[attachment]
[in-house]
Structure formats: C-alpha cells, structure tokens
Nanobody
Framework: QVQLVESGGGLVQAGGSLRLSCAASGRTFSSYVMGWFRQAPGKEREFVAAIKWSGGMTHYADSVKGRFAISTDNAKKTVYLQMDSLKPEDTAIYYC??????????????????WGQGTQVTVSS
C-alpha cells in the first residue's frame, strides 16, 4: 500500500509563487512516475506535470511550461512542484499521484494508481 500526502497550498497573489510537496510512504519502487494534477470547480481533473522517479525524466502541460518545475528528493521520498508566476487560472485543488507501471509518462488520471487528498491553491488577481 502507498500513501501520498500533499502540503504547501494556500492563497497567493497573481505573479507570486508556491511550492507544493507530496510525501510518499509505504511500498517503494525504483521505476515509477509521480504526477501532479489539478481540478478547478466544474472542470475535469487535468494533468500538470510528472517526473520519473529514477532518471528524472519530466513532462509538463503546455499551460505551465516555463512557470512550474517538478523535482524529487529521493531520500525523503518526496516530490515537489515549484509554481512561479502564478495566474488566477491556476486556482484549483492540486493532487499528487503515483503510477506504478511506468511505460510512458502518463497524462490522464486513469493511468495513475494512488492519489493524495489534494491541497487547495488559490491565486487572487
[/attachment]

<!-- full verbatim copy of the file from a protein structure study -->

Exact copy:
[in-house]
Structure formats: C-alpha cells, structure tokens
Nanobody
Framework: QVQLVESGGGLVQAGGSLRLSCAASGRTFSSYVMGWFRQAPGKEREFVAAIKWSGGMTHYADSVKGRFAISTDNAKKTVYLQMDSLKPEDTAIYYC??????????????????WGQGTQVTVSS
C-alpha cells in the first residue's frame, strides 16, 4: 500500500509563487512516475506535470511550461512542484499521484494508481 500526502497550498497573489510537496510512504519502487494534477470547480481533473522517479525524466502541460518545475528528493521520498508566476487560472485543488507501471509518462488520471487528498491553491488577481 502507498500513501501520498500533499502540503504547501494556500492563497497567493497573481505573479507570486508556491511550492507544493507530496510525501510518499509505504511500498517503494525504483521505476515509477509521480504526477501532479489539478481540478478547478466544474472542470475535469487535468494533468500538470510528472517526473520519473529514477532518471528524472519530466513532462509538463503546455499551460505551465516555463512557470512550474517538478523535482524529487529521493531520500525523503518526496516530490515537489515549484509554481512561479502564478495566474488566477491556476486556482484549483492540486493532487499528487503515483503510477506504478511506468511505460510512458502518463497524462490522464486513469493511468495513475494512488492519489493524495489534494491541497487547495488559490491565486487572487